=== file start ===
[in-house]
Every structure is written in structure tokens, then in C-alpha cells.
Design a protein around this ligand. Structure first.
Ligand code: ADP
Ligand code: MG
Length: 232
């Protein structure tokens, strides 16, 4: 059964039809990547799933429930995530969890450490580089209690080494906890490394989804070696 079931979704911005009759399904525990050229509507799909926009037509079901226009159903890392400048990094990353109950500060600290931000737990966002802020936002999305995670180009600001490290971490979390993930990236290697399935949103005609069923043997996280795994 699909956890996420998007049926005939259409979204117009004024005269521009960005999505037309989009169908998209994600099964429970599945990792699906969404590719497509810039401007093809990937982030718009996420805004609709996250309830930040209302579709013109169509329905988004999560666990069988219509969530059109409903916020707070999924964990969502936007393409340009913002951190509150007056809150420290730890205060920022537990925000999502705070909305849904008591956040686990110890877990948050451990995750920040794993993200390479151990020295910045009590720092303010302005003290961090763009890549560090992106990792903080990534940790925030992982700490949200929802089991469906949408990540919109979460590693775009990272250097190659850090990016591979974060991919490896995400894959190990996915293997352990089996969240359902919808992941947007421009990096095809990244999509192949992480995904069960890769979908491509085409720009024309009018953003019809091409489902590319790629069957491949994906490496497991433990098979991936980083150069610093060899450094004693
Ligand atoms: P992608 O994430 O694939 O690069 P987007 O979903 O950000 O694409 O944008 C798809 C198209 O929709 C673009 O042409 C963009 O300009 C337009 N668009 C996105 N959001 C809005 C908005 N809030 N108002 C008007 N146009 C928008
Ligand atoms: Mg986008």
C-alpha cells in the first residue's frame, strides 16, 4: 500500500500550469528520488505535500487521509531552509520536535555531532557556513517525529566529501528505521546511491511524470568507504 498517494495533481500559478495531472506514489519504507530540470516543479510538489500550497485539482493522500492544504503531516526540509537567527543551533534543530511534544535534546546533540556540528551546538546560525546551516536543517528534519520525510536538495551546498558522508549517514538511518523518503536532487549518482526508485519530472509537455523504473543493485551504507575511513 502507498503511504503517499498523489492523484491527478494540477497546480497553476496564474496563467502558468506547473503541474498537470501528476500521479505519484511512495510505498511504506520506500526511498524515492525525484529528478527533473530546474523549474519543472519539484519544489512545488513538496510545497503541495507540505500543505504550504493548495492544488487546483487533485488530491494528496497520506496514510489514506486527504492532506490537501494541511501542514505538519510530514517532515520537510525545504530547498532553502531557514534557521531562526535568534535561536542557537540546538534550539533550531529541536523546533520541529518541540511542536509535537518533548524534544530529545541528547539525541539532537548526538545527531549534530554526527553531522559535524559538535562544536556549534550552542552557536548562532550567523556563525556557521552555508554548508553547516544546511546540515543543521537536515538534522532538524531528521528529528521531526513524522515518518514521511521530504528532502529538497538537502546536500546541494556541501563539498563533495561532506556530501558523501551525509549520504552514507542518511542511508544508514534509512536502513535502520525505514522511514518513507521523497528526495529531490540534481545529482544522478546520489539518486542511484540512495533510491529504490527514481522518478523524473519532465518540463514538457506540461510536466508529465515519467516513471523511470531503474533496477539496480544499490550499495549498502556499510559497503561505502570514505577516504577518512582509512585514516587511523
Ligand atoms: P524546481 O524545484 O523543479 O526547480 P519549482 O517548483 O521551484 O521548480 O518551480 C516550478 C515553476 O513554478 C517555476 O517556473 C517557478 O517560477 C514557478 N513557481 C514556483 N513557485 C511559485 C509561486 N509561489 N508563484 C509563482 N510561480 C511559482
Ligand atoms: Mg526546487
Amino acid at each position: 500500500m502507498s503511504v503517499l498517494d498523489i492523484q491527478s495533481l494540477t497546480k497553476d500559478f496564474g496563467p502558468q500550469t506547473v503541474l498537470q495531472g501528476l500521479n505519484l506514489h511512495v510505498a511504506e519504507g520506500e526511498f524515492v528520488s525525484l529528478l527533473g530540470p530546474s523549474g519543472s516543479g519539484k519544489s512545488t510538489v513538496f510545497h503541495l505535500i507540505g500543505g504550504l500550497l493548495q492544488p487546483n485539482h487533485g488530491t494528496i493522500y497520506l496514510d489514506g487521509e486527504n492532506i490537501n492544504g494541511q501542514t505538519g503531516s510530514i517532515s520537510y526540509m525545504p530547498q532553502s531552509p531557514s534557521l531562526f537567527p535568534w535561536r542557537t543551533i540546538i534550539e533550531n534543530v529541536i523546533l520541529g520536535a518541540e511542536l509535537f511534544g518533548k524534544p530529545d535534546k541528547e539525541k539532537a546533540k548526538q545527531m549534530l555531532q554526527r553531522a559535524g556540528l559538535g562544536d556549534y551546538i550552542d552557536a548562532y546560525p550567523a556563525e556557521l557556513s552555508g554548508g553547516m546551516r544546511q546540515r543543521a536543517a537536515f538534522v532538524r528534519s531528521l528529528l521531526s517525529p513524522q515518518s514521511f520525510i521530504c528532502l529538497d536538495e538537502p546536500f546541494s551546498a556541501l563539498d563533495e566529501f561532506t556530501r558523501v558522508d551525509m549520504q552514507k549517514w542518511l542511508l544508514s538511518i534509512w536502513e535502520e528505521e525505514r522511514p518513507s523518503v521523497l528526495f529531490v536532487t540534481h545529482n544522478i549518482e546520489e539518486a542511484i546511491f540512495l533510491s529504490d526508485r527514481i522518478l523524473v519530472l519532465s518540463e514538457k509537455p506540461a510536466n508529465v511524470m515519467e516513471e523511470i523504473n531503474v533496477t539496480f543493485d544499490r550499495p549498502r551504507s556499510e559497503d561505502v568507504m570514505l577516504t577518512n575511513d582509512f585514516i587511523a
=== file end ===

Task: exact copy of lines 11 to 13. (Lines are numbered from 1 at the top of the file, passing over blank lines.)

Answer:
Ligand atoms: P524546481 O524545484 O523543479 O526547480 P519549482 O517548483 O521551484 O521548480 O518551480 C516550478 C515553476 O513554478 C517555476 O517556473 C517557478 O517560477 C514557478 N513557481 C514556483 N513557485 C511559485 C509561486 N509561489 N508563484 C509563482 N510561480 C511559482
Ligand atoms: Mg526546487
Amino acid at each position: 500500500m502507498s503511504v503517499l498517494d498523489i492523484q491527478s495533481l494540477t497546480k497553476d500559478f496564474g496563467p502558468q500550469t506547473v503541474l498537470q495531472g501528476l500521479n505519484l506514489h511512495v510505498a511504506e519504507g520506500e526511498f524515492v528520488s525525484l529528478l527533473g530540470p530546474s523549474g519543472s516543479g519539484k519544489s512545488t510538489v513538496f510545497h503541495l505535500i507540505g500543505g504550504l500550497l493548495q492544488p487546483n485539482h487533485g488530491t494528496i493522500y497520506l496514510d489514506g487521509e486527504n492532506i490537501n492544504g494541511q501542514t505538519g503531516s510530514i517532515s520537510y526540509m525545504p530547498q532553502s531552509p531557514s534557521l531562526f537567527p535568534w535561536r542557537t543551533i540546538i534550539e533550531n534543530v529541536i523546533l520541529g520536535a518541540e511542536l509535537f511534544g518533548k524534544p530529545d535534546k541528547e539525541k539532537a546533540k548526538q545527531m549534530l555531532q554526527r553531522a559535524g556540528l559538535g562544536d556549534y551546538i550552542d552557536a548562532y546560525p550567523a556563525e556557521l557556513s552555508g554548508g553547516m546551516r544546511q546540515r543543521a536543517a537536515f538534522v532538524r528534519s531528521l528529528l521531526s517525529p513524522q515518518s514521511f520525510i521530504c528532502l529538497d536538495e538537502p546536500f546541494s551546498a556541501l563539498d563533495e566529501f561532506t556530501r558523501v558522508d551525509m549520504q552514507k549517514w542518511l542511508l544508514s538511518i534509512w536502513e535502520e528505521e525505514r522511514p518513507s523518503v521523497l528526495f529531490v536532487t540534481h545529482n544522478i549518482e546520489e539518486a542511484i546511491f540512495l533510491s529504490d526508485r527514481i522518478l523524473v519530472l519532465s518540463e514538457k509537455p506540461a510536466n508529465v511524470m515519467e516513471e523511470i523504473n531503474v533496477t539496480f543493485d544499490r550499495p549498502r551504507s556499510e559497503d561505502v568507504m570514505l577516504t577518512n575511513d582509512f585514516i587511523a